Barrett-Walker debate

In a debate Friday, Milwaukee Mayor Tom Barrett, left, pushed Gov. Scott Walker to provide more information about a criminal investigation of his staff when he was Milwaukee County executive. Walker said Barrett's emphasis on the probe is a sign of desperation.

MORRY GASH — Associated Press

Gov. Scott Walker leads Milwaukee Mayor Tom Barrett by 7 percentage points just days away from Wisconsin's first-ever gubernatorial recall race, a poll released Wednesday said.

The new Marquette University Law School poll showed Walker holding his lead among likely voters, with 52 percent of those polled saying they would vote for the governor and 45 percent saying they would back Barrett.

The numbers are similar to the results released by Marquette pollsters two weeks ago, which showed a 50 to 44 percent lead for Walker.

"I think the stability of the last weeks is pretty striking," said Charles Franklin, the poll's director. "But I would encourage people to look at all of the polls and consider the sources."

Wednesday's numbers paint a different picture than those in the law school's poll released shortly before the May 8 recall primary, which showed Walker and Barrett in a virtual dead heat.

The latest Marquette poll interviewed 720 registered voters in Wisconsin by both land line and cellphone May 23-26, with most interviewed before Friday's debate. Among that group there were 600 "likely voters," or those who said they were certain to vote. About 60 percent of those interviewed for the poll were 45 or older, and about 93 percent identified themselves as white.

The margin of error for the poll's likely voters in the governor's race was about 4 percentage points.

Democrats slammed the poll as flawed, saying it was out of step with recent polls released by liberal groups and was skewed to favor older, more conservative voters.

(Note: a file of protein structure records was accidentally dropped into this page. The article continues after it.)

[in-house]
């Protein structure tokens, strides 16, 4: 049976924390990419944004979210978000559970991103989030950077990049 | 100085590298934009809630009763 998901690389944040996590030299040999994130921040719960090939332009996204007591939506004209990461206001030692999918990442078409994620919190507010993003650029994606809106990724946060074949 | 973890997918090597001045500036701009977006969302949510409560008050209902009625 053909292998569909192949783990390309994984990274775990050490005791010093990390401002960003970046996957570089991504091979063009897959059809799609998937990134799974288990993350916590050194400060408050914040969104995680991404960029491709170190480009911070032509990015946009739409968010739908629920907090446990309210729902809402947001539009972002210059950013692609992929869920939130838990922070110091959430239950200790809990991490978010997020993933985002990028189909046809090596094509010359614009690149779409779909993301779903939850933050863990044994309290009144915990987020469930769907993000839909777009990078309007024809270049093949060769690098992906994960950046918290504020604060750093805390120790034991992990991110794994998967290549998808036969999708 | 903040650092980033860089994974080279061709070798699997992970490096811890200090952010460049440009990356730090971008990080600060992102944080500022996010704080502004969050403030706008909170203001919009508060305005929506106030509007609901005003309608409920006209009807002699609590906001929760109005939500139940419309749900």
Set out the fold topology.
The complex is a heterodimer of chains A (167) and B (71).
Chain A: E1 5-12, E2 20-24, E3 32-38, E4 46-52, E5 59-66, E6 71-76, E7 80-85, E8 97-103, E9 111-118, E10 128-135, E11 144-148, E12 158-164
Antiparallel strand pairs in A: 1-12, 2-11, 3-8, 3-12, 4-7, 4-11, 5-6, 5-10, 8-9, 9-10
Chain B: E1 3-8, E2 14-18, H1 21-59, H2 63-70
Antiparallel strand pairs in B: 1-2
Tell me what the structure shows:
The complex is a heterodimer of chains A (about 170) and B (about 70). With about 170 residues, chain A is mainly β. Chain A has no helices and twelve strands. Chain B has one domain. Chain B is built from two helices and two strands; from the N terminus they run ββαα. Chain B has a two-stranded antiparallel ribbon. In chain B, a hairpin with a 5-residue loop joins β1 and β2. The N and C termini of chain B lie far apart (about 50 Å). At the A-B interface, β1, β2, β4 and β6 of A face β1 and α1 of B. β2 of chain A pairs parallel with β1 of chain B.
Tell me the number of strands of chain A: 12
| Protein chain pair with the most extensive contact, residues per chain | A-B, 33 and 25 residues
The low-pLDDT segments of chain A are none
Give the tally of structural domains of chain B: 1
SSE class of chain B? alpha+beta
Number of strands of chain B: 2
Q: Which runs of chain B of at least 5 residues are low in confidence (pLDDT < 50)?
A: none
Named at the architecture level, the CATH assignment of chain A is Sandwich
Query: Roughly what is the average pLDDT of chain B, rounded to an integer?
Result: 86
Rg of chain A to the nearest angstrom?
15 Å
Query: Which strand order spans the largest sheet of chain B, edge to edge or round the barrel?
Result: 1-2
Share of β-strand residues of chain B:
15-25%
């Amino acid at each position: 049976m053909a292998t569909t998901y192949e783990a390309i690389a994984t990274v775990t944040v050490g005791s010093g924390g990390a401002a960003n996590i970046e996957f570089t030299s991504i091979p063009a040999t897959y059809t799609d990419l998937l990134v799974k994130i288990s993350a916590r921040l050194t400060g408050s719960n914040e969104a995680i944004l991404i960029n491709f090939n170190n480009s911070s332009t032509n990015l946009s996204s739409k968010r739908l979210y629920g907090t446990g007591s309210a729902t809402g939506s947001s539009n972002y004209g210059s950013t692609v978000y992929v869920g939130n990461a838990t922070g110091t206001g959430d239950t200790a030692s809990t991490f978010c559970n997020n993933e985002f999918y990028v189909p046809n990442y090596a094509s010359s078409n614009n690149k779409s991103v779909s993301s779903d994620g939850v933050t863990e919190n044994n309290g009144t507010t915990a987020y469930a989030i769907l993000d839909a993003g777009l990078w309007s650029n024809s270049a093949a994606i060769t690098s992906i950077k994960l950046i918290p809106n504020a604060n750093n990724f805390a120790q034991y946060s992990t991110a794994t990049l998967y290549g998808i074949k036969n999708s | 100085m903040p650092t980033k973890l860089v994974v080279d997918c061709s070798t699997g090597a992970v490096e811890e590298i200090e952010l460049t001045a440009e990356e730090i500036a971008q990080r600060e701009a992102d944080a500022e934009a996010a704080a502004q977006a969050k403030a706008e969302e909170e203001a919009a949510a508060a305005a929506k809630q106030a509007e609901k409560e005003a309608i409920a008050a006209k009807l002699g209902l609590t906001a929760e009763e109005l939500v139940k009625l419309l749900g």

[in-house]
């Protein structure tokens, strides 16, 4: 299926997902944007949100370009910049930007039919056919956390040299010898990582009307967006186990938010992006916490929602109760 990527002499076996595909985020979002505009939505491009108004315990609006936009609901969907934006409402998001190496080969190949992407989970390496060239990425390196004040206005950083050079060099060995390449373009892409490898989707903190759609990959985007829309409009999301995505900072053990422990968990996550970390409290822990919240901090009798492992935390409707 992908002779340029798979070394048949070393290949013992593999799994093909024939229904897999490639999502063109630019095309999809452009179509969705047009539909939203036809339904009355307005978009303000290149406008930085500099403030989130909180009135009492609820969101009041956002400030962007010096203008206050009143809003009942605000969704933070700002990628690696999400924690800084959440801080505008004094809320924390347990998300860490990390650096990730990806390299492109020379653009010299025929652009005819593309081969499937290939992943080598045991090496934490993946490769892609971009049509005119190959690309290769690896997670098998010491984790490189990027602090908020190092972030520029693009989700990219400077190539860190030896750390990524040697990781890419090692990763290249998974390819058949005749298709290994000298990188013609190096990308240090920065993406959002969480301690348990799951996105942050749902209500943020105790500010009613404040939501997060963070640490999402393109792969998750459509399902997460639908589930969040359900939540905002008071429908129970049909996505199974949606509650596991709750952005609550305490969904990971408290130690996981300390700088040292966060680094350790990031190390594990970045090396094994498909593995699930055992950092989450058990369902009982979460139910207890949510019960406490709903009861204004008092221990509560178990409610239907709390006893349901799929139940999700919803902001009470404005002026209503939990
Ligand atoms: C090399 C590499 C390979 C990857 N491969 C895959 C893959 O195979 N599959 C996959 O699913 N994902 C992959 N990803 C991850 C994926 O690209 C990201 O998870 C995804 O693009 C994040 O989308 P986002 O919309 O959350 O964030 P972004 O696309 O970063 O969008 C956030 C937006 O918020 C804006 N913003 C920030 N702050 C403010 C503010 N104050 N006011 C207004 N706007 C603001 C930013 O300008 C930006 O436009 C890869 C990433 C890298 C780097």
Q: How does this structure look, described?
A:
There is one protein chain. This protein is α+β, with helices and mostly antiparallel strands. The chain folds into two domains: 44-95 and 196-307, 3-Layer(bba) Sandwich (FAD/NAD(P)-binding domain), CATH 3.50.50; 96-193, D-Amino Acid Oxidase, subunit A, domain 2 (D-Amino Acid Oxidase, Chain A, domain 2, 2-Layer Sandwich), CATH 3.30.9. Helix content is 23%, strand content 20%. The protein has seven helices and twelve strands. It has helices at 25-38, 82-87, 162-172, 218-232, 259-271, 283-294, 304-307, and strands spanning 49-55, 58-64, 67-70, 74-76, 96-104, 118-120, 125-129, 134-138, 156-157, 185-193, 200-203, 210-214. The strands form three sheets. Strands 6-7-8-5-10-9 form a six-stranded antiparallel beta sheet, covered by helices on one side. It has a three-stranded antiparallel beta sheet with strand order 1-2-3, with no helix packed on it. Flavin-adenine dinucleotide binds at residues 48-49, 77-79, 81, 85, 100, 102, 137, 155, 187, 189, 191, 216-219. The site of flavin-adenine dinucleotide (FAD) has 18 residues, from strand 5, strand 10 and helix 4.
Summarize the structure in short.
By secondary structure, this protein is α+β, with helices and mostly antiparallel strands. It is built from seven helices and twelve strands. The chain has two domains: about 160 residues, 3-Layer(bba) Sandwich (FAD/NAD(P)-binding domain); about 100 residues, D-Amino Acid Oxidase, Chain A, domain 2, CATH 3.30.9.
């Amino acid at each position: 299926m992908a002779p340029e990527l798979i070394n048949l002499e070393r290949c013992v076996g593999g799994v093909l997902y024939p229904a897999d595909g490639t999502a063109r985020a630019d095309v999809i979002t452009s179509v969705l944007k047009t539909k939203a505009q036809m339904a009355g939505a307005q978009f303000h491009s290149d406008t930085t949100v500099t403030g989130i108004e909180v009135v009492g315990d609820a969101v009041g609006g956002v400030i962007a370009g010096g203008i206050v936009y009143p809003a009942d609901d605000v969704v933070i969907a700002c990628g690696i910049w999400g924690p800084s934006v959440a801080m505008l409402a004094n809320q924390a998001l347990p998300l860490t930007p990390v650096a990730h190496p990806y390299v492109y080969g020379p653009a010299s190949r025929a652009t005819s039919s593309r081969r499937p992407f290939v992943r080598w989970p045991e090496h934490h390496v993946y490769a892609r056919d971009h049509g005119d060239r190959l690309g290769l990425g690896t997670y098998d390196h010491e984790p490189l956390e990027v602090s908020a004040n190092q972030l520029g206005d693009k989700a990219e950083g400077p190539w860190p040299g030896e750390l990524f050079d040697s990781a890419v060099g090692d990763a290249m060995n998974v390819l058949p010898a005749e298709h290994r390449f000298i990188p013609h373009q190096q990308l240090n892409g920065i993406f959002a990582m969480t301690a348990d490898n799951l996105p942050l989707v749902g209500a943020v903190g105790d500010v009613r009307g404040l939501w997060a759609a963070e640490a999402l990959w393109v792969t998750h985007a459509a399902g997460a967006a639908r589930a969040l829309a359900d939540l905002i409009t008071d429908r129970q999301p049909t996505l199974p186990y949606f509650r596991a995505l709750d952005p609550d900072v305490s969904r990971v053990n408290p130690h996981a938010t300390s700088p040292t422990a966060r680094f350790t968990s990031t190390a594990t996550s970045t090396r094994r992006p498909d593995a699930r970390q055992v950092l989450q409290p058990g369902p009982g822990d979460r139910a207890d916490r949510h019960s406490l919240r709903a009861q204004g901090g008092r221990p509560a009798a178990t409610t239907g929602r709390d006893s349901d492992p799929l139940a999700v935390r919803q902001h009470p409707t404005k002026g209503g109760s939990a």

"The bottom line is this race is very close," said Mike Tate, chairman of the Democratic Party of Wisconsin. "It's going to come down to voter turnout."

Tate pointed to other recent polls, including internal Democratic polls and another released Wednesday by the Greater Wisconsin Political Fund by the national polling firm of Lake Research Partners found that Barrett and Walker were even at 49 percent each. Those pollsters said they conducted an automated survey of 600 likely recall voters May 24-28.

Barrett lost to Walker in the governor's race in November 2010 by about 123,000 votes, or 5 percentage points. Voter turnout then was 49.7 percent — about 2.1 million voters.

This time around, Wisconsin election officials are predicting 60 to 65 percent of the voting-age population, or about 2.6 million to 2.8 million people, will cast ballots.

Wednesday's Marquette poll showed voters' perceptions about the jobs situation in Wisconsin has shifted in recent weeks, with 38 percent of those polled saying the state has added jobs, 30 percent saying the state has lost jobs, and 29 percent saying the jobs situation is about the same. That's a more optimistic view than just two weeks ago, when only 20 percent said Wisconsin gained jobs and 37 percent said it lost jobs.

The poll also found that Lt. Gov. Rebecca Kleefisch continued to lead Democratic challenger Mahlon Mitchell, a Madison firefighter and president of the Professional Fire Fighters of Wisconsin. The poll found she leads him 46 to 41 percent, similar to the 47 percent to 41 percent lead she had two weeks ago.

And it found that in the presidential race, President Barack Obama received 51 percent to former Massachusetts Gov. Mitt Romney's 43 percent among likely voters.